If you’ve ever had a piece of chocolate after dinner while finishing your glass of wine, you’re not alone. The pairing of chocolate and wine is a natural fit—both can be luxurious indulgences, and both have various levels of sweetness, leading to a complementary tasting experience. To that end, several East End wineries offer chocolate and wine pairings, including Wölffer Estate Vineyard and Sparkling Pointe.
“Wine and chocolate can have a complex relationship,” says Sparkling Pointe Direct-to-Consumer Sales Manager Melissa Rockwell. “There are pairings that work beautifully and others that completely clash. It is very important that you consider the sweetness and tannin profile in both the wine and the chocolate you are pairing together. I generally tend to abide by the ‘rule’—your wine should be sweeter than your dessert. However, chocolates with ancillary flavors such as saltiness, nuts or fruits open up a world of pairing options.”
Sparkling Pointe’s pairings focus on chocolates that have unique flavors that bring out the most in both the wine and chocolate. Tannin is not an issue for bubbly wines, but for the drier wines, Rockwell says, “We look for mostly milk or white chocolates with added salt, savory or fruity flavors so as not to overwhelm the wine, and instead complement its own flavor profile.” Sparkling Pointe partners with Chicago-based Vosges Haut-Chocolat for their pairings. “My current favorite standout is a milk chocolate flavored with turmeric, ginger and coconut paired with our Sparkling Rosé wines,” says Rockwell.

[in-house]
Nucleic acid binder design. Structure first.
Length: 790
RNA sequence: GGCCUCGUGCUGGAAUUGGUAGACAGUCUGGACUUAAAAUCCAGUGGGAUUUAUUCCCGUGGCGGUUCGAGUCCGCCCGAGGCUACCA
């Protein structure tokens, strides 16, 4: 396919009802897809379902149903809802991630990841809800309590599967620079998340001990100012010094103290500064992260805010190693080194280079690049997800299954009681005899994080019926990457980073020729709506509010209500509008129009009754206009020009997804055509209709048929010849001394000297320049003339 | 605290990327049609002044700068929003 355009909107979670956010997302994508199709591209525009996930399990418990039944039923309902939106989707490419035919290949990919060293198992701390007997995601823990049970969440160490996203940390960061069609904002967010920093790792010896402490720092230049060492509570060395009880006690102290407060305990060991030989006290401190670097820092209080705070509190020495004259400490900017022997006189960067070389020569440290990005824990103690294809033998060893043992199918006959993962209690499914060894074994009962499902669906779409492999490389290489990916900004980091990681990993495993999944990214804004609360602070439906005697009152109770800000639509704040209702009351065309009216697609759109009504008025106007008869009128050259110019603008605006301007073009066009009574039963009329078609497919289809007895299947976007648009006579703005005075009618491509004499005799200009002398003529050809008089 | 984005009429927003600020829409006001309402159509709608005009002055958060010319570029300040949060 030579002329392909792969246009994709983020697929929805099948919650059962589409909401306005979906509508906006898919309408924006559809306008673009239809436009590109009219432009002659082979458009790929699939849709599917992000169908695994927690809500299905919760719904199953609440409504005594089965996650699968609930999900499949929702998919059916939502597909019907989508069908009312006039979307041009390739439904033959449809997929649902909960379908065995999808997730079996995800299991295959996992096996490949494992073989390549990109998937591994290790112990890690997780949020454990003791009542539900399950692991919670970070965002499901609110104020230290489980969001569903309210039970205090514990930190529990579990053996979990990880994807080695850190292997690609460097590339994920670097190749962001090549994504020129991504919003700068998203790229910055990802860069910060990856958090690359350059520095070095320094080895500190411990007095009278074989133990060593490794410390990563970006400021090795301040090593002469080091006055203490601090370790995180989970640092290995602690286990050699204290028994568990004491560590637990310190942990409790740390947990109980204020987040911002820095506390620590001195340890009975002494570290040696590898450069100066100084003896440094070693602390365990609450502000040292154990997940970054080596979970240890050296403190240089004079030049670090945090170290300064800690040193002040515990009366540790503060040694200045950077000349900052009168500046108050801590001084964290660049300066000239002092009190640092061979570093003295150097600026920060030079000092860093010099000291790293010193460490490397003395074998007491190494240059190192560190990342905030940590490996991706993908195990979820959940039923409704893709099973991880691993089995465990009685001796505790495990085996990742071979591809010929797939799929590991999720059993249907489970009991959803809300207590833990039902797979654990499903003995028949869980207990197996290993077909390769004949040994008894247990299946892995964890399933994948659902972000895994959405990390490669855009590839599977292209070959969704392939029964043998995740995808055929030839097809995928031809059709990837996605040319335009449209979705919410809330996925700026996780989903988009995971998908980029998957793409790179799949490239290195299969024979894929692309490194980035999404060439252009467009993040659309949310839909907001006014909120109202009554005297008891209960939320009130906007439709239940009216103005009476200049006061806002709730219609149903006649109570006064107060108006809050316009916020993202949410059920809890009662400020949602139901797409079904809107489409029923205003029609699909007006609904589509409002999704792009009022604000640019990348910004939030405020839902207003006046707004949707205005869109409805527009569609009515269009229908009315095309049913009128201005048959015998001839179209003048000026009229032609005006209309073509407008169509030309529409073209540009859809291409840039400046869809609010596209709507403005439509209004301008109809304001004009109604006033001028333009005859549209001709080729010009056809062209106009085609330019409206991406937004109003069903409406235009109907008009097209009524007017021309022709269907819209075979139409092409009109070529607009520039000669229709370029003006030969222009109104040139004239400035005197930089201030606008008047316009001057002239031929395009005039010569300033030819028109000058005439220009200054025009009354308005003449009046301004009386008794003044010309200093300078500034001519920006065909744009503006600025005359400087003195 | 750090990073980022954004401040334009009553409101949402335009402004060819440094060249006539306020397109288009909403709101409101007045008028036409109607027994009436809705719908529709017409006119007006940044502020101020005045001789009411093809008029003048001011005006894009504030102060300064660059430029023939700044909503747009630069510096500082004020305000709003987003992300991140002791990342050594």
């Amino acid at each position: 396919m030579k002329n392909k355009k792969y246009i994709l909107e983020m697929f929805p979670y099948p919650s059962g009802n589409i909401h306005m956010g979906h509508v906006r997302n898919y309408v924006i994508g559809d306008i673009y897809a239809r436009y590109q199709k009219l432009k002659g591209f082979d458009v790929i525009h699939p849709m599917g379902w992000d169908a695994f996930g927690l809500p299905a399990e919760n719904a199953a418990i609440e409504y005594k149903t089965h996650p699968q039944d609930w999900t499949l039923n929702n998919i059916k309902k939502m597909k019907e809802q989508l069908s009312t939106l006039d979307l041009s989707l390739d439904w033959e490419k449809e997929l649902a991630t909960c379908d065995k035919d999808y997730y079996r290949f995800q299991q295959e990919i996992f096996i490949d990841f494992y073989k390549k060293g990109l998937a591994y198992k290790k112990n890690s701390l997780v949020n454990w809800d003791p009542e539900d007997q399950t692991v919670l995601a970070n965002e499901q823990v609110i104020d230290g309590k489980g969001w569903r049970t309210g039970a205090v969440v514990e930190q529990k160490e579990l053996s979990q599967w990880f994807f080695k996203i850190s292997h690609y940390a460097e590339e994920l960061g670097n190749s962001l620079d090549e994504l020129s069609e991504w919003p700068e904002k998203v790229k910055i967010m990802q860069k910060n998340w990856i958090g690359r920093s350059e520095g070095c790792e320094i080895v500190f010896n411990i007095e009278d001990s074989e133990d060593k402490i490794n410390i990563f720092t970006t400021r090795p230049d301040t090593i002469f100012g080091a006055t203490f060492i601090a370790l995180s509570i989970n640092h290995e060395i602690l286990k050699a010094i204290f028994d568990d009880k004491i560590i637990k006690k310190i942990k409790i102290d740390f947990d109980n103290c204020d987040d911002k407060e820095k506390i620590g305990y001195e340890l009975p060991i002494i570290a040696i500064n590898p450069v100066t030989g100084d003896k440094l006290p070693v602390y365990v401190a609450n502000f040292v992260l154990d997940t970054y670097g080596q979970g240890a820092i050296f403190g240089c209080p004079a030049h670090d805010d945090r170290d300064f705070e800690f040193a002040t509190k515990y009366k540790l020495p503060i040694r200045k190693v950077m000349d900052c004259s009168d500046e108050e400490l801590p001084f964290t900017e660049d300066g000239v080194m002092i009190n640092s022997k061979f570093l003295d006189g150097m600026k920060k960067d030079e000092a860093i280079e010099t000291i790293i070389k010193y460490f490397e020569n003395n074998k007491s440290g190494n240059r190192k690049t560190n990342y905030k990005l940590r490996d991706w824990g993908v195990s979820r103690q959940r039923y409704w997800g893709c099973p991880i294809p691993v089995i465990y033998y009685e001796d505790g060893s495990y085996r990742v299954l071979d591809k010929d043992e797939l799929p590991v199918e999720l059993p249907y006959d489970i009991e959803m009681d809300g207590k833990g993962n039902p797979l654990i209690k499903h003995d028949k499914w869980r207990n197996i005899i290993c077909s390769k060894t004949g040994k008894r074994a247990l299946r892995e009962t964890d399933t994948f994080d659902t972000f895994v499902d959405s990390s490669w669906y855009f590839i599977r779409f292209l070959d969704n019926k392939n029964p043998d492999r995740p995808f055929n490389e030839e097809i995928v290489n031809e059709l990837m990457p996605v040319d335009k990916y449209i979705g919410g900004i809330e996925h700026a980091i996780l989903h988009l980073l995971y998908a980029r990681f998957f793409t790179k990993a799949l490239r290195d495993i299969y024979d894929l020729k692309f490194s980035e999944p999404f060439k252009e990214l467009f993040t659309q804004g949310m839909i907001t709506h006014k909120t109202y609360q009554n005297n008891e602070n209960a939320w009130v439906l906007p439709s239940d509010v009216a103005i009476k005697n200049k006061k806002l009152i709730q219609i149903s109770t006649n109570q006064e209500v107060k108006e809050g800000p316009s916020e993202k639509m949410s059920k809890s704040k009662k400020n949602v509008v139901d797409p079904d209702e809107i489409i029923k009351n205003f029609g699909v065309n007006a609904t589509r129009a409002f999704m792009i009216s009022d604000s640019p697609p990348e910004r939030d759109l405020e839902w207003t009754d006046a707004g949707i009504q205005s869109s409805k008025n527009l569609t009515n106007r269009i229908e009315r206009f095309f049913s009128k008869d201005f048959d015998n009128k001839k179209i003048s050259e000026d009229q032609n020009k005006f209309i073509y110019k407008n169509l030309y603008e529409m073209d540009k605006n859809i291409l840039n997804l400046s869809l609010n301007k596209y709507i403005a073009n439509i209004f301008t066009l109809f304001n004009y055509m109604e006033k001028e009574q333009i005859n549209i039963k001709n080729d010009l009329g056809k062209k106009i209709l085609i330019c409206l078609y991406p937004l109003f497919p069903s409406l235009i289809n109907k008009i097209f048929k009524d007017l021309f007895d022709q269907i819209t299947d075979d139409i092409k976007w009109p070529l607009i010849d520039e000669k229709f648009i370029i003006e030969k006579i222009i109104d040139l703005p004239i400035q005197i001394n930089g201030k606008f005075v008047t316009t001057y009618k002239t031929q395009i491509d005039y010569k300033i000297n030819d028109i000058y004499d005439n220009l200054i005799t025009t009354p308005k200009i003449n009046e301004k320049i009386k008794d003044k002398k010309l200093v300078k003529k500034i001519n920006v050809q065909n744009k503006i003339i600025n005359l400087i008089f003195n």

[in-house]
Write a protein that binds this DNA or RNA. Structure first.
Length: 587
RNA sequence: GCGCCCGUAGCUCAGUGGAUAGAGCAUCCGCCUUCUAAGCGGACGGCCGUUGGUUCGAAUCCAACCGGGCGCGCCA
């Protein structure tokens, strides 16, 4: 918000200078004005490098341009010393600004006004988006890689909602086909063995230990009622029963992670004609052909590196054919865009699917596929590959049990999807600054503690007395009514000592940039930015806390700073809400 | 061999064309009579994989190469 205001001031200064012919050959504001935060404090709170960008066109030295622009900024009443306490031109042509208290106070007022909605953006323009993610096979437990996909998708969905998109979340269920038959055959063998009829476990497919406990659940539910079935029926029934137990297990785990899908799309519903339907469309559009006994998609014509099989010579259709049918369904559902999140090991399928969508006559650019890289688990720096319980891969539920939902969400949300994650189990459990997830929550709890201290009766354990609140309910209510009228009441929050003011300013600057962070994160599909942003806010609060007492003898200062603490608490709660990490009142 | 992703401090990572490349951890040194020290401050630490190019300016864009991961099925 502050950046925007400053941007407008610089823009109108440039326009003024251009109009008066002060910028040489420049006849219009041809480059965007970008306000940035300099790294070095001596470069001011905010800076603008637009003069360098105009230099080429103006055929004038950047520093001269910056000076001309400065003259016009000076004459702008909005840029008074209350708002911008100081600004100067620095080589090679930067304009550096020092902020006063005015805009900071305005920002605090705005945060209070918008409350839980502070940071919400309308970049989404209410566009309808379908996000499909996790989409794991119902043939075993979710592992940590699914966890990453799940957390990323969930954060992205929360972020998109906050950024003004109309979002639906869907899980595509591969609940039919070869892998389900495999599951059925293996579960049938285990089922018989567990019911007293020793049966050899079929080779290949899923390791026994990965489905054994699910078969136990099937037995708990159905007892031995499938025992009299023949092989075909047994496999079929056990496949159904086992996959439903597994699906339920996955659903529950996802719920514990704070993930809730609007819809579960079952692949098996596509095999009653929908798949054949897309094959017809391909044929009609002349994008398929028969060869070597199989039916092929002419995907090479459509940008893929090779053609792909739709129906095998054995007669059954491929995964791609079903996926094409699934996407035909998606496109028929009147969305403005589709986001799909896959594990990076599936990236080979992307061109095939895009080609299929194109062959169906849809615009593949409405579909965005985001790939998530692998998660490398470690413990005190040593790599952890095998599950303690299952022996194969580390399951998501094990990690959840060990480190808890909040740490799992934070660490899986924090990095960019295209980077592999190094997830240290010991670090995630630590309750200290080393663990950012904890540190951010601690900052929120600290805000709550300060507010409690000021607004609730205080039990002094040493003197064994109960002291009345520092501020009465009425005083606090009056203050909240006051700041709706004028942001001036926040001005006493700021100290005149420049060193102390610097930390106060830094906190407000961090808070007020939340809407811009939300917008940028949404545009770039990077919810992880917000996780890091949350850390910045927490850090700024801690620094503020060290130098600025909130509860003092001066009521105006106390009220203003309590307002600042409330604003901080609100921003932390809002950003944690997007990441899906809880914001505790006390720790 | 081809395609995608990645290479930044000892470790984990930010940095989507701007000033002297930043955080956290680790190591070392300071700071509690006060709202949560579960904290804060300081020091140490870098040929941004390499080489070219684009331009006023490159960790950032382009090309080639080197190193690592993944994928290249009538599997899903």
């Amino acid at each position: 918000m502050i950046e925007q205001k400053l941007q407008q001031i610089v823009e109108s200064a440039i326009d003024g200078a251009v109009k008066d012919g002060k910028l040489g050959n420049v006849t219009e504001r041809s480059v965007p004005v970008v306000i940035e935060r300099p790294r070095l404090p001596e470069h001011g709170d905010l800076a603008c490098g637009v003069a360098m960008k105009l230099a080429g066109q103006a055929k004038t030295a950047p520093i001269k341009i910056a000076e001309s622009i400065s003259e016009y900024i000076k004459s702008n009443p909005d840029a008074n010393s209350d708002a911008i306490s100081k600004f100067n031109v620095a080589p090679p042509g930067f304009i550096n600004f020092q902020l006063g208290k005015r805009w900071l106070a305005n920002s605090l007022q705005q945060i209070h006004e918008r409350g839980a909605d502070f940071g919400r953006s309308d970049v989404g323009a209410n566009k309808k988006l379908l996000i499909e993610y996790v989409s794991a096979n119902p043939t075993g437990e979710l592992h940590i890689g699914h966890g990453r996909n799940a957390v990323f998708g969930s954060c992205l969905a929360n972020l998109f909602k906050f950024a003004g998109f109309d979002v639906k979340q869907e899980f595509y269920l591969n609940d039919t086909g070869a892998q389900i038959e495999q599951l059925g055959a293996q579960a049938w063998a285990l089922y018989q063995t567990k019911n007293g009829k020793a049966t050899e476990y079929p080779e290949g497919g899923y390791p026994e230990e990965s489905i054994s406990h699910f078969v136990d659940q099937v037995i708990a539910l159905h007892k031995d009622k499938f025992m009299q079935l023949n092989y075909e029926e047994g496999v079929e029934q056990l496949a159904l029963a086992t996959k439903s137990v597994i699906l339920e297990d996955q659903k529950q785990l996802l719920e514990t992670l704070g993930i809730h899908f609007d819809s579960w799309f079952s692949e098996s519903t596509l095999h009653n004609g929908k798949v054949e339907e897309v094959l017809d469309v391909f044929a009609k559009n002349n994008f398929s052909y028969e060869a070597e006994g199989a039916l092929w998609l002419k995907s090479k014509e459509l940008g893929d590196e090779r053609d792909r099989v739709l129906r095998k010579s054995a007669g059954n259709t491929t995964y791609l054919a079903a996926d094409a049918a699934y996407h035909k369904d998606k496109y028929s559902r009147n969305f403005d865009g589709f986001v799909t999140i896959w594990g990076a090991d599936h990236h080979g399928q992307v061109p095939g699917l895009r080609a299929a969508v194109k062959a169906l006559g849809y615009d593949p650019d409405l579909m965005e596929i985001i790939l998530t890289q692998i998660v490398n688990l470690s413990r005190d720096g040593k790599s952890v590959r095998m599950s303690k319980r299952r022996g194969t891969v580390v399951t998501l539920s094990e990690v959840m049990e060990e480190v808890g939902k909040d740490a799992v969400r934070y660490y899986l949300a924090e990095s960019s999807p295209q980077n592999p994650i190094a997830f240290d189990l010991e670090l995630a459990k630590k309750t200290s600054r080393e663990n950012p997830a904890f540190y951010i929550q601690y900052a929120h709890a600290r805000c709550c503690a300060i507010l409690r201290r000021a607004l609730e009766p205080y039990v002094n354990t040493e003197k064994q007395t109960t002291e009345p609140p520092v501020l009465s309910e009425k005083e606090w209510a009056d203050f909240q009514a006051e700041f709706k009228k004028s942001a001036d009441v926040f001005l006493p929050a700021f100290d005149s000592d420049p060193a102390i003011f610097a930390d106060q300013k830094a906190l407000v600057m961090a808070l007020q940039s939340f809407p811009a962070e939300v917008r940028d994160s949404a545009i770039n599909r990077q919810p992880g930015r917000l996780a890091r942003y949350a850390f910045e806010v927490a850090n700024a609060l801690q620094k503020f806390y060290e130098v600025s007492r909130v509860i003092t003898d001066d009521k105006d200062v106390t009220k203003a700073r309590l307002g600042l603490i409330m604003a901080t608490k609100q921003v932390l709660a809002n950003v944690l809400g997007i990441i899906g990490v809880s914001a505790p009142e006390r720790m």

Wölffer Estate Vineyard Tasting Room Manager David Chinn worked with Long Island–based Katya Witthuhn of Bluebird Chocolates to create pairings. “Katya is in the process from start to finish,” Chinn explains. “She’ll bring chocolates by and brainstorm a few different flavor profiles. I’ll taste wine with her and see what works together. It really is mostly a trial-and-error process, but once you get a set mindset, you figure out things like dark chocolate goes with a more fruit-forward red wine or a white wine with more unique flavor or Chardonnay, which is a little buttery.” Chinn notes that Witthuhn makes her chocolates “not only approachable but beautiful. She does one that has an avocado ganache in the middle. One we’ve featured for quite a while is a raspberry shortcake with goat cheese and a raspberry filling and white chocolate with beautiful artwork.”
Chinn’s personal favorite is a jalapeño chocolate. “It has almost a little bite, but it’s not spicy. It creates a unique flavor, and trying to navigate the wine pairing was a fun process.” Guest response to the pairings has been hugely positive. “Going fully sweet-forward and having these beautiful chocolates and having people taste the wine and see what pairings work has been great. People always want something a little sweet to eat after having wine and cheese, and having that pairing has been a great way to do that. Wine and food is always fun to be experimental with. Why not try a little bit of everything?”